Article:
Google’s Call Screening Service announcement made waves in the crypto world this week. Not because of the service. But, rather, because of the advertisement itself. Let’s set the scene. Google Assistant is screening calls. It’s the electric company calling… the fellow’s bill is quite high. He responds that the high bill is due to the energy used mining cryptocurrency. The crypto-enthusiast’s friend says, “Cryptocurrency? That money’s not real.”
To which he retorts, “I have news for you. Money isn’t real.”
The ad itself is well done. It’s both funny and pithy, and it offers a clear value proposition. That it brings up debate about a hot topic in popular culture makes it all the more alluring as an ad piece, particularly since it opts against taking a clear stance on the issue itself.
Notably, the ad engages with the long-held belief that money itself has no intrinsic value. The argument has a long and storied history, even before the United States officially adopted the Gold Standard in 1900. For the better part of two decades before the turn of the century, Americans were bitterly divided on the concept of money. On the one hand, a Gold Standard allowed for easier trade with other countries using gold-backed currency. Others, like William Jennings Bryan, made the case that bimetallism, which backed US Dollars with both gold and silver, was necessary to increase the money supply within the country.
The Panic of 1893 brought the issue to a head, and it turned much of the Democrat Party against its own President, Grover Cleveland, who steadfastly stood by the Gold Standard. This opened the door to William Jennings Bryan’s famous speech. You may recall the ending: “you shall not crucify mankind upon a cross of gold.” Considered among the greatest speeches in American history, it led him to win the Democratic nomination for president. Of course, as history tells us, Bryan lost, and the country officially adopted the Gold Standard shortly thereafter. Notably, Bryan found himself in the headlines again several decades later when he served as the prosecutor in The State of Tennessee v. John Thomas Scopes, better know as “The Monkey Trial.”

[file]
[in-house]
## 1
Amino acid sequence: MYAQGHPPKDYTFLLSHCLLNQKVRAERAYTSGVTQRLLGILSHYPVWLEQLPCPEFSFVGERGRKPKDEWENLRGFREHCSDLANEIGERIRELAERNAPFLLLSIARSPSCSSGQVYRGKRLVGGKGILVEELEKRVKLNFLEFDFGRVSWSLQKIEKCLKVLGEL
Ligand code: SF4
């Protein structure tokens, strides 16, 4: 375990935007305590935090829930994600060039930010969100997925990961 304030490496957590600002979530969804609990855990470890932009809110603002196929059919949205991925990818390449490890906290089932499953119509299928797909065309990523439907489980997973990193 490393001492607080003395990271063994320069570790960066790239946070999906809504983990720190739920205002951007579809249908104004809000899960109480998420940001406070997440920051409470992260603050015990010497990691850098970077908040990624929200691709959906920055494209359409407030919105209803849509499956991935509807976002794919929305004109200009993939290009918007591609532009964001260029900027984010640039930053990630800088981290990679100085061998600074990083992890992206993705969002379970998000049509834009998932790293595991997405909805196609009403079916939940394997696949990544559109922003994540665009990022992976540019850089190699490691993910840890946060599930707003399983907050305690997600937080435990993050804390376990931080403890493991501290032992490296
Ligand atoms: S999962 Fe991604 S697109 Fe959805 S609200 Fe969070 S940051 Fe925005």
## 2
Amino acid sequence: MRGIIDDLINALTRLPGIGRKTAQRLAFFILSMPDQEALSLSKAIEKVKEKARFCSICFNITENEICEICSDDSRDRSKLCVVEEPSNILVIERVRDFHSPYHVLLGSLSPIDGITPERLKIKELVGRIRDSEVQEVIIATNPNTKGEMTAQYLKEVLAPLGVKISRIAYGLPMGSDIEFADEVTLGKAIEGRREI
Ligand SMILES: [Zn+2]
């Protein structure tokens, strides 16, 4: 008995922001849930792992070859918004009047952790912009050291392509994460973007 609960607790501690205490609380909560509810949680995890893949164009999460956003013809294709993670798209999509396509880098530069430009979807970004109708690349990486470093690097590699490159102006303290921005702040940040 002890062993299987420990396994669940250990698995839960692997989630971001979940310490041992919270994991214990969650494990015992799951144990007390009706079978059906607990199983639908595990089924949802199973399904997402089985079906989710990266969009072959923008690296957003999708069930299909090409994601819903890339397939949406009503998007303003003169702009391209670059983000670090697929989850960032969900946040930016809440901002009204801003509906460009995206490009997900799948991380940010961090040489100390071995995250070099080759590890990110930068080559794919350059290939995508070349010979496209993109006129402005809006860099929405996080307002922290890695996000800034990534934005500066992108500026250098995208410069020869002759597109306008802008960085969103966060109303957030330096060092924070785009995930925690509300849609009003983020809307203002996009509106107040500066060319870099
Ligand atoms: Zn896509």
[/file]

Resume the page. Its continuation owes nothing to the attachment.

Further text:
The Gold Standard became a major issue again during the Great Depression, and, in 1944, 44 countries met in New Hampshire to approve the Bretton Woods international monetary system. Essentially, the parties agreed to fix their currency to the dollar, which was to be fixed to gold. But, in 1971, as part of what is now referred to as “Nixon Shock,” the United States ended its use of the Gold Standard. Proponents of fiat currency will tell you that, since its adoption, inflation and deflation have been significantly less problematic, and that the fiat currency has been much less volatile.
Critics, like the man in the Google advertisement, would note that the US Dollar is no longer redeemable for any asset with intrinsic value. Instead, it is only backed by the “full faith and credit” of the government. Now, fiat currency, they would say, is as valuable as the government’s word. In the more libertarian circles of cryptocurrency, this juxtaposition is one of the reasons many believe an extra-governmental currency was necessary in the first place. Indeed, that’s why this simple, seemingly innocuous ad packs such a punch.
Richard Gardner is the CEO of Modulus, a US-based developer of ultra-high-performance trading and surveillance technology that powers global equities, derivatives, and cryptocurrency exchanges.